A special needs child in Georgia was placed in handcuffs at his elementary school after he began to act out, and now a community is angry over what it sees as discipline going overboard.
The child’s mother, LaKaisha Reid, was outraged that her 6-year-old son was disciplined in what she considered to be an inappropriate manner. It was her husband who was called by a school official at Pine Ridge Elementary and asked to come to the campus, writes Tracy Bloom of KTLA-TV.
“We go into the school, a gentleman takes us back, I hear my son yelling. He’s screaming,” Reid said.
When they connected to their son, Patrick, they saw bruises on his wrists as a result of being handcuffed.
“It hurts when I touch it right there,” Patrick told the TV station, WXIA in Atlanta.
Since her child is a special needs student, Reid was astonished that her son, who was running into walls, banging his head on the table, and placing his own health at risk, was restrained by a school resource officer who said that he felt he was using the handcuffs to protect Patrick. Reid said that she was sharing the story hoping to encourage schools to train teachers how to handle situations like this one.
Jeremy Campbell of WXIA said that the Stone Mountain school in the Dekalb County School District near Atlanta, Georgia, released a statement concerning the event. The decision, said school officials, was made because the child was acting in a disruptive manner and ran out of school onto a busy, public street along with three of the school’s staff members who were attempting to corral him. Once he was secured, he was put in a room with the school resource officer, a special education teacher, and the school counselor. The officials say that for an hour the student scratched, kicked, and hit school workers and exhibited behavior that was self-destructive. When the school system was asked by a reporter whether they would have handled the situation in the same way in hind sight, the reply was that the school has protocols, but every event is unique.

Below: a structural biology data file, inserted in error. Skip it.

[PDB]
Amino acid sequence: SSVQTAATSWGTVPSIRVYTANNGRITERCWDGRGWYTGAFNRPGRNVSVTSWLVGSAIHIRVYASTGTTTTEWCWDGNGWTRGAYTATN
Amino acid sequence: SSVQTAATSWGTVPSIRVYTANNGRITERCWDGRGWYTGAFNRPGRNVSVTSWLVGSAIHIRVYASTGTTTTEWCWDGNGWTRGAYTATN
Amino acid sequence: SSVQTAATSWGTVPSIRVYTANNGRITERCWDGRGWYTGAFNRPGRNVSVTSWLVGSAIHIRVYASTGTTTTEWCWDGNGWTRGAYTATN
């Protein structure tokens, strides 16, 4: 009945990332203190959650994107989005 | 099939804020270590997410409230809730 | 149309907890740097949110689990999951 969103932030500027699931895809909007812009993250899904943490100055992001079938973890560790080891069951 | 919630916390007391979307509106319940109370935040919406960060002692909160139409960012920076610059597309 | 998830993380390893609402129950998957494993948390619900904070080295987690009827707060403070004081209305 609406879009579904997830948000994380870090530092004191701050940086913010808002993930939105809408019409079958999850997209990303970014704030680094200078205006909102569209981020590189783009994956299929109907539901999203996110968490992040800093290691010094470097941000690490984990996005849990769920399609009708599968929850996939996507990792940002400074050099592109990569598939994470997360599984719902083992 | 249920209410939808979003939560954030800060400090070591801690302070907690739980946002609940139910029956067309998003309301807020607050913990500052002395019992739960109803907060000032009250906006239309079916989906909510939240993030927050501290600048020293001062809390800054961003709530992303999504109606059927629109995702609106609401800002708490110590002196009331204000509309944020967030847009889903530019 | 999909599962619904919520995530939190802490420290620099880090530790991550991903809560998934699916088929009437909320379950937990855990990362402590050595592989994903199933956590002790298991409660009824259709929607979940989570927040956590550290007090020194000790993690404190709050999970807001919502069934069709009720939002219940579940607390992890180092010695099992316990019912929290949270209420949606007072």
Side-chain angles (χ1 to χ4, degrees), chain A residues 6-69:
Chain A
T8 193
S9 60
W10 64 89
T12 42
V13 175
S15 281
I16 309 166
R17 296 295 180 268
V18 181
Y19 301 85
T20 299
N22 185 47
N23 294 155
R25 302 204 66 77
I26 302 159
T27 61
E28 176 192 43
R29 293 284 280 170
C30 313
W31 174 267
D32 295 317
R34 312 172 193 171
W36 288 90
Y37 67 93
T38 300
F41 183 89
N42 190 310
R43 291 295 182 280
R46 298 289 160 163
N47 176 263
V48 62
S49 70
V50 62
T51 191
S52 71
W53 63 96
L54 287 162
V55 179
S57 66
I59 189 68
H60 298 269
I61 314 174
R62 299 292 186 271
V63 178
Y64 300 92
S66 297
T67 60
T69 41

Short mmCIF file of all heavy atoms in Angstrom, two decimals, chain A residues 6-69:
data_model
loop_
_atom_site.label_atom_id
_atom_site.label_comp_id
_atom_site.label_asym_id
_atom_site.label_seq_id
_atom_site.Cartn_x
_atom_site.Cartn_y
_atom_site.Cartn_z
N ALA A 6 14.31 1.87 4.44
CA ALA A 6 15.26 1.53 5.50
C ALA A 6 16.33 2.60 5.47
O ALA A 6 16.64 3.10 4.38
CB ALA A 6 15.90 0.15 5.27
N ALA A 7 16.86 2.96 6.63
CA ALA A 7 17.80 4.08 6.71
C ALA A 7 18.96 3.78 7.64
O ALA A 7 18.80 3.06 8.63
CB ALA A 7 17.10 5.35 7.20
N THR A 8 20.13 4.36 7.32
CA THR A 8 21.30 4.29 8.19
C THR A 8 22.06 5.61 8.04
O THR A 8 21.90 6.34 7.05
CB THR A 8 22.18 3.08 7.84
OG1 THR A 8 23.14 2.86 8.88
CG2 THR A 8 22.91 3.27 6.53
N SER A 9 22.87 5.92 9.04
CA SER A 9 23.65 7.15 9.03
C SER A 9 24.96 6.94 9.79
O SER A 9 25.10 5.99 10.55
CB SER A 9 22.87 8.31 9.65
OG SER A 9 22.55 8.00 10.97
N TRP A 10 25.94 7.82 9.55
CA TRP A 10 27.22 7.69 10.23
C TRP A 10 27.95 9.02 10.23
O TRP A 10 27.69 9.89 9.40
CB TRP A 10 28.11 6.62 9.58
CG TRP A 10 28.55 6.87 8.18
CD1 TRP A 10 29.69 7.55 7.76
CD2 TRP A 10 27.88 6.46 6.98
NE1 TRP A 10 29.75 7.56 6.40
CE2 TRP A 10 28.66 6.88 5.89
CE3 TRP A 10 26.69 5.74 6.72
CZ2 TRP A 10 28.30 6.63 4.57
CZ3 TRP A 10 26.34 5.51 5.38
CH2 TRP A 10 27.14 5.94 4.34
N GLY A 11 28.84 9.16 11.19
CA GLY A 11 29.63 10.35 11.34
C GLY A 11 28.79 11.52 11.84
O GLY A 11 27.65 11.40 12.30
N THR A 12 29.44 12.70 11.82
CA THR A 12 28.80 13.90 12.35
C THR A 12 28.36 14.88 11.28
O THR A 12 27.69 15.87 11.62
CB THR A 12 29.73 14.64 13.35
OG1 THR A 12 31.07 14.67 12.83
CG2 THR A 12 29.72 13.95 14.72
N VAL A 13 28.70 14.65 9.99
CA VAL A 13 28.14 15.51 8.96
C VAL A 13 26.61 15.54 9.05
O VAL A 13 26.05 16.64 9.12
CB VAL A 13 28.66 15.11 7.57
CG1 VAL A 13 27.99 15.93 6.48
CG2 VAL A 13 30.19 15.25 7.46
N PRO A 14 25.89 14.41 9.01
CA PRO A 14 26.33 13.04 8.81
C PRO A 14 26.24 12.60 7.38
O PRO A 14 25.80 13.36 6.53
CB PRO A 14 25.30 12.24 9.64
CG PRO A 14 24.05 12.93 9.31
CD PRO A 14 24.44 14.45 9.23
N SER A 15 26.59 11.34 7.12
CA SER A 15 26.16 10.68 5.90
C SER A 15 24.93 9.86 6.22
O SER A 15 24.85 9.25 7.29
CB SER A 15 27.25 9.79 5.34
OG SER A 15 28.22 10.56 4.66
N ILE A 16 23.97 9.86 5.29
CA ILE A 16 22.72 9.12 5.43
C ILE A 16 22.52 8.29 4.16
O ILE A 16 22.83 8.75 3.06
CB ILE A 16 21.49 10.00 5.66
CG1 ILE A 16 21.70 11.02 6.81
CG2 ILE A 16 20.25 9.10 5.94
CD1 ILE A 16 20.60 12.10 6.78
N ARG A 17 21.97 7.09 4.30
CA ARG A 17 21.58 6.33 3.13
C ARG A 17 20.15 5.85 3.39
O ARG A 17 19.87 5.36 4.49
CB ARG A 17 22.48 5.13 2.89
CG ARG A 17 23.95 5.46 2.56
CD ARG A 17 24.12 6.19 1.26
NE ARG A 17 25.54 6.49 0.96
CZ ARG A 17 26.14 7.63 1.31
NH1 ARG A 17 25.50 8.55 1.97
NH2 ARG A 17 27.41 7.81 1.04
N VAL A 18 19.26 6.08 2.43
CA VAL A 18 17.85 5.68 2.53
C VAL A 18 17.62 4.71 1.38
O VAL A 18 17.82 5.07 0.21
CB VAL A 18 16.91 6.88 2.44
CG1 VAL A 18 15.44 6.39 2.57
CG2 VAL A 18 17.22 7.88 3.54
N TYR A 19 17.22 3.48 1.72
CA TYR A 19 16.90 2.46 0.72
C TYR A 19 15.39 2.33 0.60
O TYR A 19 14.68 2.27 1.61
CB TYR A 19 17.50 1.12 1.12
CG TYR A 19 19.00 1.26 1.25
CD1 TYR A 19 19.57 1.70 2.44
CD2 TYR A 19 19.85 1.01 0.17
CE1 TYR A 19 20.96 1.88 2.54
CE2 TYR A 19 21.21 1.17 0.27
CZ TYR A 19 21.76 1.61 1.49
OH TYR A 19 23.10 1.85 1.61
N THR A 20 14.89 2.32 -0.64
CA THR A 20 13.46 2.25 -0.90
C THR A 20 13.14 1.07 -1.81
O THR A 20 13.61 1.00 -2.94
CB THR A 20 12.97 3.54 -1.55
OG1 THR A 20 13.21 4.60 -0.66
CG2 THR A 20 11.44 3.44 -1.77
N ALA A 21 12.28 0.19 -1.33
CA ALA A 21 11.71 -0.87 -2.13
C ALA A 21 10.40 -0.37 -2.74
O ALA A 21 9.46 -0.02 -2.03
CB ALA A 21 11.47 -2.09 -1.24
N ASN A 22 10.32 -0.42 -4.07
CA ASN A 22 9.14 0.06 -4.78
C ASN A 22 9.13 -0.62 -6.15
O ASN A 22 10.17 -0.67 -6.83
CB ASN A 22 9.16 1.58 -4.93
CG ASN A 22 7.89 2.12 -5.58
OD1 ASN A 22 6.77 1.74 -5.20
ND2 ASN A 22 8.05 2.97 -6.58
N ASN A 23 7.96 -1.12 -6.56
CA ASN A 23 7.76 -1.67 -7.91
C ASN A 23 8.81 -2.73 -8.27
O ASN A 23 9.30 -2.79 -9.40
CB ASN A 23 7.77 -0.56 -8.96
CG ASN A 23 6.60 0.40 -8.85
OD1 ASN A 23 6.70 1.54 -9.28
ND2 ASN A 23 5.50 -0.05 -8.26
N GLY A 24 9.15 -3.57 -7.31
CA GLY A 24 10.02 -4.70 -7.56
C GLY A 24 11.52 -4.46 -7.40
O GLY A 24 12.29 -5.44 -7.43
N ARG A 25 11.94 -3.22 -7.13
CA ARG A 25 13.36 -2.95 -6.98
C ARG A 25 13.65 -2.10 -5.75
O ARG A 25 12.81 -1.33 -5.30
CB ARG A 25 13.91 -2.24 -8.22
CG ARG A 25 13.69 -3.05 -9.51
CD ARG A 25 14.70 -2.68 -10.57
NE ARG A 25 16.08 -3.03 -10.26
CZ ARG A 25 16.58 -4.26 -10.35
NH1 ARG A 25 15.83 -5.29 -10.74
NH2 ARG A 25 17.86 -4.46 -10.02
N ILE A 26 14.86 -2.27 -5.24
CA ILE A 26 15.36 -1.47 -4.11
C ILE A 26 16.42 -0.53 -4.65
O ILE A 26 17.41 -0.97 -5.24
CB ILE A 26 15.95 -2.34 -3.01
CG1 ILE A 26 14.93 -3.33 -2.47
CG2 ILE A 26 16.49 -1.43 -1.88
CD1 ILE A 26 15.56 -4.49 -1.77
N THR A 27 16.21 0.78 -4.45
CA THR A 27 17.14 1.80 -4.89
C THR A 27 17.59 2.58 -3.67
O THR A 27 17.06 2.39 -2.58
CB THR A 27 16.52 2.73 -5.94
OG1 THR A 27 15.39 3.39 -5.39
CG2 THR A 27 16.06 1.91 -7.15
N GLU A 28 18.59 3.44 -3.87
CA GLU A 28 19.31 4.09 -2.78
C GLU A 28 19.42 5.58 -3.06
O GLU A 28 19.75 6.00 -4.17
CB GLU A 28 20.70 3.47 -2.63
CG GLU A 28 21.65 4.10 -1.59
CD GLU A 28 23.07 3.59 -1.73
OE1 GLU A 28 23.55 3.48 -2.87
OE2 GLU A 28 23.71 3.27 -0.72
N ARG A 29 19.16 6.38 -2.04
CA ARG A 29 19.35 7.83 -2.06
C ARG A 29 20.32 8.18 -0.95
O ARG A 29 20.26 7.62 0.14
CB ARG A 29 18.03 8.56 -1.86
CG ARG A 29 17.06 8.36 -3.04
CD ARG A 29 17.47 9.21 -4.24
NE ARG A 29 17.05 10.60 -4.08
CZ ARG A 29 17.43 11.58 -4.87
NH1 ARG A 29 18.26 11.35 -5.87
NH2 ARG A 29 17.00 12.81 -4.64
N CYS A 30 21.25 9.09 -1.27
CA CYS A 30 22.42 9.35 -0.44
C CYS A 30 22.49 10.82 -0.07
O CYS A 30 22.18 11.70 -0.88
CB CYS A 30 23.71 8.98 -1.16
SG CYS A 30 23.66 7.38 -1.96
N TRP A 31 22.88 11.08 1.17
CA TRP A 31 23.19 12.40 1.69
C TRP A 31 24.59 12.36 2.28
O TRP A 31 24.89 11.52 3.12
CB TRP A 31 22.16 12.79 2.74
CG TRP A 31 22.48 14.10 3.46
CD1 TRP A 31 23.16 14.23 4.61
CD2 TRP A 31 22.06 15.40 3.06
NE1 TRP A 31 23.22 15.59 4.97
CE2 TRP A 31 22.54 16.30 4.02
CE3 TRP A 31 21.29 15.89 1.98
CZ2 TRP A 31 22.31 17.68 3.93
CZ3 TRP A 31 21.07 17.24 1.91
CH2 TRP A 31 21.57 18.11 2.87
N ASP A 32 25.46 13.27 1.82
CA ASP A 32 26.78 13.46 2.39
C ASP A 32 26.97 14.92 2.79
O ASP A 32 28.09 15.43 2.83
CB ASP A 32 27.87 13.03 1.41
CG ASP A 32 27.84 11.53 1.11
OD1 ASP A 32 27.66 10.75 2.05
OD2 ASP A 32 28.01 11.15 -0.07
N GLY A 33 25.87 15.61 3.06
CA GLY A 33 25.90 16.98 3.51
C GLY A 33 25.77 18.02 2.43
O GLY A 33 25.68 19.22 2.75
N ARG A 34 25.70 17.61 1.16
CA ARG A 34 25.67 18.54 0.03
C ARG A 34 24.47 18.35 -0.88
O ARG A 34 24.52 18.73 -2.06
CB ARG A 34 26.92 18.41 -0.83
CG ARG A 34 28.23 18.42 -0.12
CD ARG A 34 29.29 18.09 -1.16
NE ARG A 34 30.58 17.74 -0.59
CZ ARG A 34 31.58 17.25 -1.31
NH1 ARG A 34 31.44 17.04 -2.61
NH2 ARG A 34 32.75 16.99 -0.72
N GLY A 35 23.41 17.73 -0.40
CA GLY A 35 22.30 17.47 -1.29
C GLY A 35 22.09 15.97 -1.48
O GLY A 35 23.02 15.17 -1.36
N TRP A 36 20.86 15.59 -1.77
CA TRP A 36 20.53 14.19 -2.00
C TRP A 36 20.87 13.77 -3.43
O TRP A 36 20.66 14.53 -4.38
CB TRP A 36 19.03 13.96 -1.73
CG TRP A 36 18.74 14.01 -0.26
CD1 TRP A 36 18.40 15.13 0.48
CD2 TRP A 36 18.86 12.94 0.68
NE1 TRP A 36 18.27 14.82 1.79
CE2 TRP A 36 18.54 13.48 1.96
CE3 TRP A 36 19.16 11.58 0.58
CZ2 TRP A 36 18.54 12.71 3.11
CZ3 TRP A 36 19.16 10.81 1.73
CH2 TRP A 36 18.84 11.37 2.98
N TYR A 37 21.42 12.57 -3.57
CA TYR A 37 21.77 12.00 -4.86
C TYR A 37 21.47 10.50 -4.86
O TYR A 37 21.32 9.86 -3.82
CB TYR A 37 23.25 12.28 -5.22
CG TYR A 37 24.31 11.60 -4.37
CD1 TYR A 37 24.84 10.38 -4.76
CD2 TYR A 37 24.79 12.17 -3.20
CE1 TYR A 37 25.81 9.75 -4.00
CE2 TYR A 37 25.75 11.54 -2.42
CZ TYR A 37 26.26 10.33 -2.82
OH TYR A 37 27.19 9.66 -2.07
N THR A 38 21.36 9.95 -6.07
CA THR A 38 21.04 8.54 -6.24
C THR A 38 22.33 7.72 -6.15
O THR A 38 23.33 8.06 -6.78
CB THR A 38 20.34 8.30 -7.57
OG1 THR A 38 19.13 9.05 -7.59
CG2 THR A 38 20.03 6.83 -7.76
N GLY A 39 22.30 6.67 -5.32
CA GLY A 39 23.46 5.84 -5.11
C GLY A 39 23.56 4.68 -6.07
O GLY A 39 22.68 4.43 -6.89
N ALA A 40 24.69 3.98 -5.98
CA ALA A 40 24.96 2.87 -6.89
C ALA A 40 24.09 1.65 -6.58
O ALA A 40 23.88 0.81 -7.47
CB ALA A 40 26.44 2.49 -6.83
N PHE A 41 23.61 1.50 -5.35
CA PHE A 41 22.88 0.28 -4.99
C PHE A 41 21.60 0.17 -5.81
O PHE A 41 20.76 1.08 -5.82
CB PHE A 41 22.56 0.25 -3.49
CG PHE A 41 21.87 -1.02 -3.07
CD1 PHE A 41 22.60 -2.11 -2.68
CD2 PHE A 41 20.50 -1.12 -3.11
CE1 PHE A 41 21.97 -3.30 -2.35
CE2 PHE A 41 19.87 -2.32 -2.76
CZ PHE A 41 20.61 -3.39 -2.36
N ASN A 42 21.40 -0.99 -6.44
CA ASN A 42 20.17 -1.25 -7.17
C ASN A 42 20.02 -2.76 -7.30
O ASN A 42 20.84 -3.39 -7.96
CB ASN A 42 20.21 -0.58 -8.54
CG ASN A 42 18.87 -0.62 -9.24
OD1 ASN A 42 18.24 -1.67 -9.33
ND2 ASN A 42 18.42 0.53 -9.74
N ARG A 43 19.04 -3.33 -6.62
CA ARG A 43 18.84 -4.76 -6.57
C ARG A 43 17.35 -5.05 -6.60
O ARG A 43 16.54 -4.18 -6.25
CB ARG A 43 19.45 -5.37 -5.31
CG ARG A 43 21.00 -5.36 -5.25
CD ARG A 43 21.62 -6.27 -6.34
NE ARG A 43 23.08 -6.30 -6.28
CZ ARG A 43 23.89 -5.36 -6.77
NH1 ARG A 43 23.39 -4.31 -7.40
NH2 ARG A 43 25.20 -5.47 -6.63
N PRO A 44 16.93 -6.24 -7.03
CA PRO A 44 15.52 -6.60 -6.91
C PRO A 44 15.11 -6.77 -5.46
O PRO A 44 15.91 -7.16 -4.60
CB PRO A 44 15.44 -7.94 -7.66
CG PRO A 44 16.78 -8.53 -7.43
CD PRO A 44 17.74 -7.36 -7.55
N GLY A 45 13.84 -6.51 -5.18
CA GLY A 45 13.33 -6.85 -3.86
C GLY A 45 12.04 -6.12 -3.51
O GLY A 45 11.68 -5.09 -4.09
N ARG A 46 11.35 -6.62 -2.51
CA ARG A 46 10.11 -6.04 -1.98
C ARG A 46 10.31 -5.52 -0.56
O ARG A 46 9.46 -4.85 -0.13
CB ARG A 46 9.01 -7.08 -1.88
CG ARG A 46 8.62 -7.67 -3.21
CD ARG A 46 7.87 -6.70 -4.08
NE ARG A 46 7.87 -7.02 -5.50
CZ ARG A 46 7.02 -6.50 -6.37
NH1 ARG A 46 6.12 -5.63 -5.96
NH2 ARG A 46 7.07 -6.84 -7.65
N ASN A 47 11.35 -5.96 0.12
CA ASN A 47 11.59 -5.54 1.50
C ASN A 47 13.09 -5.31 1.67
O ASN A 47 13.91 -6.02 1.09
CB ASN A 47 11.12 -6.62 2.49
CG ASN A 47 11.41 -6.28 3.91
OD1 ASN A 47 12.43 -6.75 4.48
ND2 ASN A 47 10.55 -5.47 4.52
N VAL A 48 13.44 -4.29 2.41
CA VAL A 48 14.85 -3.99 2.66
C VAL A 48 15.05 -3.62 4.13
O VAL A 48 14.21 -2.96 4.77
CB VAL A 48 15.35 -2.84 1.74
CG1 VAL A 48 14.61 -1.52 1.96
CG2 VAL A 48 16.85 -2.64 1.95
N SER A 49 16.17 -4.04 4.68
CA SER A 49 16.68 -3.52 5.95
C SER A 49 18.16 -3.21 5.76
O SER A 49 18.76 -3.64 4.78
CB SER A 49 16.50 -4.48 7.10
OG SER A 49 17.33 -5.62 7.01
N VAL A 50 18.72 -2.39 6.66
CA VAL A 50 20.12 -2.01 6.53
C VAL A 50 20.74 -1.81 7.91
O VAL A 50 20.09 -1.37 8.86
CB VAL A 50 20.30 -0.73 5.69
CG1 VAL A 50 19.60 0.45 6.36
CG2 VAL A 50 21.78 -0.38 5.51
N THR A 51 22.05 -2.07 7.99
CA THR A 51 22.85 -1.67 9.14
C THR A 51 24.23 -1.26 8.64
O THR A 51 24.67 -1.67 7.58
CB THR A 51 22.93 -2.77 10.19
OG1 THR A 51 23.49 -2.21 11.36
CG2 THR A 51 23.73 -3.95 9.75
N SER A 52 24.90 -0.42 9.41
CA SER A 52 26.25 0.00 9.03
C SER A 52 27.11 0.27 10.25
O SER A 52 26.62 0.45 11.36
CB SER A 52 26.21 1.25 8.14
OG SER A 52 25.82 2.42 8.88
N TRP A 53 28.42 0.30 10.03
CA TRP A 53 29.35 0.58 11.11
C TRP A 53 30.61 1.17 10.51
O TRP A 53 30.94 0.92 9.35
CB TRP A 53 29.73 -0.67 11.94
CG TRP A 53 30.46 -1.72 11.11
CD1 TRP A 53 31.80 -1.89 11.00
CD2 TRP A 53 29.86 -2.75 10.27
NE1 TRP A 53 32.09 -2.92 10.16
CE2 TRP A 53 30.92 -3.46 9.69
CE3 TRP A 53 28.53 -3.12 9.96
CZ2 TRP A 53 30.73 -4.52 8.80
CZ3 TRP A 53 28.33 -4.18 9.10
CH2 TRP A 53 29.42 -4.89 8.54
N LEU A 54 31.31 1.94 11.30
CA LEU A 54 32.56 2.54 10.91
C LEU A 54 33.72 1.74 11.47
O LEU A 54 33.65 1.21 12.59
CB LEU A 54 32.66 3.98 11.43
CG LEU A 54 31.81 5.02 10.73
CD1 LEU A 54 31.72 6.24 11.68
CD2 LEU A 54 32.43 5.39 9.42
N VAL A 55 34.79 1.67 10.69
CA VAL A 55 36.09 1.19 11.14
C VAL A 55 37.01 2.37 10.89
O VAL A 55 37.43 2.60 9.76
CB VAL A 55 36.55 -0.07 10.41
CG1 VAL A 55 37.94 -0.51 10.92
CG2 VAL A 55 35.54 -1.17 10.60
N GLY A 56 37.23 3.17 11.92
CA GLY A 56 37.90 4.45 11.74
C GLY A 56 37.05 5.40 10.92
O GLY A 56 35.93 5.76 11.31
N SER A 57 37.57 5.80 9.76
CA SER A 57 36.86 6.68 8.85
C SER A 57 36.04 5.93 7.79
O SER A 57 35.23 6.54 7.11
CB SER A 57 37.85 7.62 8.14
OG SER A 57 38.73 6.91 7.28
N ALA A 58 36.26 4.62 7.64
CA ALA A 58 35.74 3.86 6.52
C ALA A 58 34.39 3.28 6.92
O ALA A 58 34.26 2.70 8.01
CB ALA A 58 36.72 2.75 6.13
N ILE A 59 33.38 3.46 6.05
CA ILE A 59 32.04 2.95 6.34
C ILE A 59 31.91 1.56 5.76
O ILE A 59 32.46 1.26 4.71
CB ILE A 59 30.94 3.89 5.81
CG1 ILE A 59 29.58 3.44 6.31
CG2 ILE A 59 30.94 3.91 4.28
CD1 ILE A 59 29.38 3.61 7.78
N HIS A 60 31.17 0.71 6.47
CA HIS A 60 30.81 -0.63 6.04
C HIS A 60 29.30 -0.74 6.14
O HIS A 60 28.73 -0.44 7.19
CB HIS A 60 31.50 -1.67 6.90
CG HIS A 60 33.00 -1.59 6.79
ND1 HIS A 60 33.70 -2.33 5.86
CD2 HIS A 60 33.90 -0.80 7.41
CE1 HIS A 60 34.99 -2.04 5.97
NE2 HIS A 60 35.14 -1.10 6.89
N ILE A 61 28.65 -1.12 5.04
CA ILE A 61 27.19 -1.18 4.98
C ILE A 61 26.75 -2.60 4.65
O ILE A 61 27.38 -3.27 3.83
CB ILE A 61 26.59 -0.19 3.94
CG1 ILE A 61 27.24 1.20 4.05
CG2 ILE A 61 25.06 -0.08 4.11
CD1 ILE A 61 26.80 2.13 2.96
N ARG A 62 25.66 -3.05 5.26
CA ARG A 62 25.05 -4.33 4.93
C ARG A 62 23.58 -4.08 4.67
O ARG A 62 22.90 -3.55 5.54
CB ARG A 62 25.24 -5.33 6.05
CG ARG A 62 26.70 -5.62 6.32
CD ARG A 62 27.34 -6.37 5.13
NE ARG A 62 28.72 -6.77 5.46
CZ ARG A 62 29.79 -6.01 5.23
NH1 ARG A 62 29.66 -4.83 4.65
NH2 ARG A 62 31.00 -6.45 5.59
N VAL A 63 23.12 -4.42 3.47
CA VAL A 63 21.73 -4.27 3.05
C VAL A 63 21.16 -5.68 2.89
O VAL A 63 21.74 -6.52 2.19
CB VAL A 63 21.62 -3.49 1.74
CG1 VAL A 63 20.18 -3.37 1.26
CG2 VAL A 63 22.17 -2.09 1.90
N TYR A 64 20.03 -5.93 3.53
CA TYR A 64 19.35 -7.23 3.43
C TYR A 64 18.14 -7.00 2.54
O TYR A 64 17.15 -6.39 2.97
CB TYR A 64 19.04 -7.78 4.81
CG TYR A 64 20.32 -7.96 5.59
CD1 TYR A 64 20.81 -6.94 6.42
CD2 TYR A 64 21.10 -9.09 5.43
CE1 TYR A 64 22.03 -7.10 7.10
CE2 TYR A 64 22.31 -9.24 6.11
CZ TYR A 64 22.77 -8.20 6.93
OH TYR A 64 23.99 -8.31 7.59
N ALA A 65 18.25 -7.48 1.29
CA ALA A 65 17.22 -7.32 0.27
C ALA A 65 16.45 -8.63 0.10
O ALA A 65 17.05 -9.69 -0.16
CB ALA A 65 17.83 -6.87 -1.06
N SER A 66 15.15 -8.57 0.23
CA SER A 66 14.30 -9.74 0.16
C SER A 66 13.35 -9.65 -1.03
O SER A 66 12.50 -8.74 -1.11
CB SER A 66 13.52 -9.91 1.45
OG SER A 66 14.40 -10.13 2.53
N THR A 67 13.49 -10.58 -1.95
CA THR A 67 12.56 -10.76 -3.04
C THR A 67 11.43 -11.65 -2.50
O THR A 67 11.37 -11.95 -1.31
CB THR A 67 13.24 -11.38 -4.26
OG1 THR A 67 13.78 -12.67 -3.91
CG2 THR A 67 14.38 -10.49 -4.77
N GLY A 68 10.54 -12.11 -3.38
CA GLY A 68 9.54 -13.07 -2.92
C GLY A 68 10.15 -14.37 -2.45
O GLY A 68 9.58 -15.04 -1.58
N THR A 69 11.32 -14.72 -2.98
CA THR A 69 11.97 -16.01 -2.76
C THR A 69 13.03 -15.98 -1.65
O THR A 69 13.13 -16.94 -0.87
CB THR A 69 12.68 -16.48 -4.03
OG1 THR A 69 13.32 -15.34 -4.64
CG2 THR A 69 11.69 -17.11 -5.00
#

Still, Reid said that she was trained to handle disruptive special needs kids and did not agree with the decision to use handcuffs on her child, reports Tom Boggioni writing for Raw Story.
“They need to have police officers that are trained for special needs kids or for any kids that are that age. That’s pretty young for handcuffs. Anything can happen with those handcuffs on him,” she said.
When asked if there was an appropriate situation when handcuffs might be used on children, Reid replied, “Yeah, if they were robbing a bank.”
And, in Gainesville, Georgia, an 11-year-old boy was handcuffed after a school resource officer said the fifth grader kicked him during a tantrum, according to WSB-TV. The boy’s father, a Forsyth County man, wants some answers as to why his son, who has autism disorder, was treated in this manner. Hunt Archbold of Patch, says that the Gainesville Police Department verified that the officer was following procedure. But the boy’s dad said:
“My biggest concern is the excessive use of force on an 11-year-old, especially an 11-year-old who it’s been determined has special needs.”